A CELL IS NOT A MACHINE, 2018
This work is inspired by the complexity of the cell’s interconnected systems. The motivation for this exploration came not only from my passion for science, but also as someone living with a genetic disorder, I have a personal interest in this topic. Gene transcription is often made to sound as if it’s an algorithmic process. When summarized, it may appear that there’s a direct input- output process for translating the genetic code to a protein (polypeptide). In reality, there’s a mix of interconnected systems impossible to describe within computable terms. There’s simply too many variables to account for. This is especially true when considering that a cell responds to its external environment and that it’s microcosm is ultimately connected to our macrocosm.
I’ve become passionate about societies relationship to the genetic code. As much as I hope for a cure to my health conditions, I strongly question the idea that I am something to intended to be fixed. If ever presented with the choice, I would never allow for my genes to be altered. I’m still in full support of medical research to seek out both treatments and cures. I would never intend to take away the potential choice for those who are suffering, just that their choice be one that’s fully informed. If a supportive treatment did arise outside of genetics, I would surely opt in. There’s an important difference to be noted between the concept of curing and treating.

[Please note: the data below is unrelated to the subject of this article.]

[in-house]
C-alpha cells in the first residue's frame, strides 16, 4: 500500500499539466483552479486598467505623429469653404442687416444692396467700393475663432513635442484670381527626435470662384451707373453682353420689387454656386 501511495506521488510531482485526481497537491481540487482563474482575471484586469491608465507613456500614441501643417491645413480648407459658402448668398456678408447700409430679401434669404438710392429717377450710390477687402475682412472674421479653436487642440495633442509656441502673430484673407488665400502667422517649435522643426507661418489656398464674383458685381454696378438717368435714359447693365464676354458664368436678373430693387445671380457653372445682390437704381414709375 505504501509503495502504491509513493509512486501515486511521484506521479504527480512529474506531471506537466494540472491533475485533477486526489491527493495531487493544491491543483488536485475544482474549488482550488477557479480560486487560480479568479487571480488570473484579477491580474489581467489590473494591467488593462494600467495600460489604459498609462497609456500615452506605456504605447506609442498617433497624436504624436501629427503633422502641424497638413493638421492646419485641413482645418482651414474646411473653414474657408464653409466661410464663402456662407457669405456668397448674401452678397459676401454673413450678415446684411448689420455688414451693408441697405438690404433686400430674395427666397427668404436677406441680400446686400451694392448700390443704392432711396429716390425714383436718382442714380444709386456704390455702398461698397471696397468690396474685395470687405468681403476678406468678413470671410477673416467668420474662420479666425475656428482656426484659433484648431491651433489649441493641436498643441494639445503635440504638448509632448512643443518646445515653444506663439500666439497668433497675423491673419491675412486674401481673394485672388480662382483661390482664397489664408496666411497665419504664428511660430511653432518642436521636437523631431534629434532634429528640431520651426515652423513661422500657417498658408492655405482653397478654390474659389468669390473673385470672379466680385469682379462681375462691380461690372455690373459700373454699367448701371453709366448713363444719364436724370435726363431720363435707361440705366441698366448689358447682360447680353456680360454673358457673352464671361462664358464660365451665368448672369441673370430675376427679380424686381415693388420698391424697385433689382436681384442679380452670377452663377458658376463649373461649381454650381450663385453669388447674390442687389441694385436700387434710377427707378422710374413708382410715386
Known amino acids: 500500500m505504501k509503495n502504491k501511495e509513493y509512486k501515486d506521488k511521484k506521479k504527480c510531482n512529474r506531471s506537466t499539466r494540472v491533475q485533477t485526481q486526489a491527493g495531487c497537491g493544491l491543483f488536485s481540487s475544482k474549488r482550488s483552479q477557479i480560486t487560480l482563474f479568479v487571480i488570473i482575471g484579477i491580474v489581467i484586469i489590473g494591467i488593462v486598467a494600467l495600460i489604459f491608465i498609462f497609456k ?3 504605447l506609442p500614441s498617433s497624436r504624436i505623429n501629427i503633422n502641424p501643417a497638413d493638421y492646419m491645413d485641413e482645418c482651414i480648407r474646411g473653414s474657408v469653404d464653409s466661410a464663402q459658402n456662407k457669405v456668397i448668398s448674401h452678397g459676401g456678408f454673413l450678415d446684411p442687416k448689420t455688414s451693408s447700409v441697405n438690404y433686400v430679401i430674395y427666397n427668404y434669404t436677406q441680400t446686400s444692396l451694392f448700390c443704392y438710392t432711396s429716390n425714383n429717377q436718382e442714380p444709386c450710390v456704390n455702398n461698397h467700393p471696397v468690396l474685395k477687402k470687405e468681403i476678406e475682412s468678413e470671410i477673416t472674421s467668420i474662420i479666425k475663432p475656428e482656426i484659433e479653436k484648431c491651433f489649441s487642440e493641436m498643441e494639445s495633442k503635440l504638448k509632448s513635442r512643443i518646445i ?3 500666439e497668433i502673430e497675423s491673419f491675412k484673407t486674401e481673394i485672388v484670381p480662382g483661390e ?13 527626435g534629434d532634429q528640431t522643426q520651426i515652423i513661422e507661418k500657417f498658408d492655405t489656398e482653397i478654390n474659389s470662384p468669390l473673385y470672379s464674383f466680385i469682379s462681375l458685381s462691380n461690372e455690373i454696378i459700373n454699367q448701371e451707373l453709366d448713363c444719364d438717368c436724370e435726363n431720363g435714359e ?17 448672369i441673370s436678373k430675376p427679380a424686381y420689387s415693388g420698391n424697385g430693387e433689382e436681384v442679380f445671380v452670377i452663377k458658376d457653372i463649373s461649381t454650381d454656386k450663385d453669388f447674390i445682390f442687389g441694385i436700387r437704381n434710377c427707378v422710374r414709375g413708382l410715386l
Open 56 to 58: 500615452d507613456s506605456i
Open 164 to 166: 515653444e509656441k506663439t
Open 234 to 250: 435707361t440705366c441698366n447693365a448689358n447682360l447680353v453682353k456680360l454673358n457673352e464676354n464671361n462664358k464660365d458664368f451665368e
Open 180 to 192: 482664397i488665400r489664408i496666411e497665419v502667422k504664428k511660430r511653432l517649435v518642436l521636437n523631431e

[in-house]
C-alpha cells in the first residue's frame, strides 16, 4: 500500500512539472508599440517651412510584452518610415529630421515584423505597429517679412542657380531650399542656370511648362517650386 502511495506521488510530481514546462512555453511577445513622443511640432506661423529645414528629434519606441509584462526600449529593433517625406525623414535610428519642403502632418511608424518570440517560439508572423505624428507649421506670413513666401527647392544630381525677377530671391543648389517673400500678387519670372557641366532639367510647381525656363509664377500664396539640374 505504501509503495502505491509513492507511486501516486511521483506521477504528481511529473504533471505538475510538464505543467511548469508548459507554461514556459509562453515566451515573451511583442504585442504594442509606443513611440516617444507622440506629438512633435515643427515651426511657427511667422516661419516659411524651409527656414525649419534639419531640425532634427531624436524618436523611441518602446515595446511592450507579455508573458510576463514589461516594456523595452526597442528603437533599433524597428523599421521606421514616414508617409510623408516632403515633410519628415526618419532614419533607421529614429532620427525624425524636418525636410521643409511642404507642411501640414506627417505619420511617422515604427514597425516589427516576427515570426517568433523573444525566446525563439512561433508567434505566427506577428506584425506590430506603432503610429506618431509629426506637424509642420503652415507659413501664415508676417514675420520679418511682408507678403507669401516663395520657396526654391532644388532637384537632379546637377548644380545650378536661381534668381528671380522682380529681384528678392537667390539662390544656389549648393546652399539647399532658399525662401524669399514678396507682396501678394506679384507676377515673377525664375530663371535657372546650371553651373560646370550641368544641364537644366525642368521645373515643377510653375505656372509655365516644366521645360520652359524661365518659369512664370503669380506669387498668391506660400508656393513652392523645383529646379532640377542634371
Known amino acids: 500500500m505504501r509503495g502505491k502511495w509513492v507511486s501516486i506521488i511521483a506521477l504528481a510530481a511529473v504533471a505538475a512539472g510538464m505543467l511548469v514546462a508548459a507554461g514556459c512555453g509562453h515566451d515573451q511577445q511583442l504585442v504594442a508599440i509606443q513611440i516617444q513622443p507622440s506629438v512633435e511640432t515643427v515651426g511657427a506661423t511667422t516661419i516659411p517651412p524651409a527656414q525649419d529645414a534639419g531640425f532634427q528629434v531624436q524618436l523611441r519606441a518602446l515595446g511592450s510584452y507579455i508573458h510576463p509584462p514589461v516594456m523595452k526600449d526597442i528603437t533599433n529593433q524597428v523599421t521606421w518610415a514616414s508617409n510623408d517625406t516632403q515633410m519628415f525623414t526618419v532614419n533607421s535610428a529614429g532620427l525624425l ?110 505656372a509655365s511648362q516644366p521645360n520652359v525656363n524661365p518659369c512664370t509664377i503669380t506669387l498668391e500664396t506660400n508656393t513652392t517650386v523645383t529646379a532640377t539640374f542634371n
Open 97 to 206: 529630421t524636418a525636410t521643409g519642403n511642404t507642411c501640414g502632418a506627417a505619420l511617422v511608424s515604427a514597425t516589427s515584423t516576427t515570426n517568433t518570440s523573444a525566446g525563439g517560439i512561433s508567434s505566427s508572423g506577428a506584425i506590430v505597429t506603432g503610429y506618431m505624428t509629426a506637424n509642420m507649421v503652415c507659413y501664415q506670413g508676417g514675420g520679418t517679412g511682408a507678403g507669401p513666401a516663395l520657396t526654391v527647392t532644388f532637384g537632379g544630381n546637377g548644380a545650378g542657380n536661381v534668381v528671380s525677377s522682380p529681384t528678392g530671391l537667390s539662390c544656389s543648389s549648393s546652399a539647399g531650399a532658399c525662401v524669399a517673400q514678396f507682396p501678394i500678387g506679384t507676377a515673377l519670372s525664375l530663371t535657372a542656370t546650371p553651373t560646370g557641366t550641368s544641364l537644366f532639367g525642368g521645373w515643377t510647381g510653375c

My message here is to remind the world to take a moment and consider the possible consequences of altering a genome. I find science to be hubris for thinking it knows better than nature. A medical “disorder” of this generation may very well be what save the species in the coming millennia. Diversity is vital for preservation of any species. How can we expect to predict which differences will save us in the future? Where will we draw the line between disorder and difference?
Work In Progress & Project Notes
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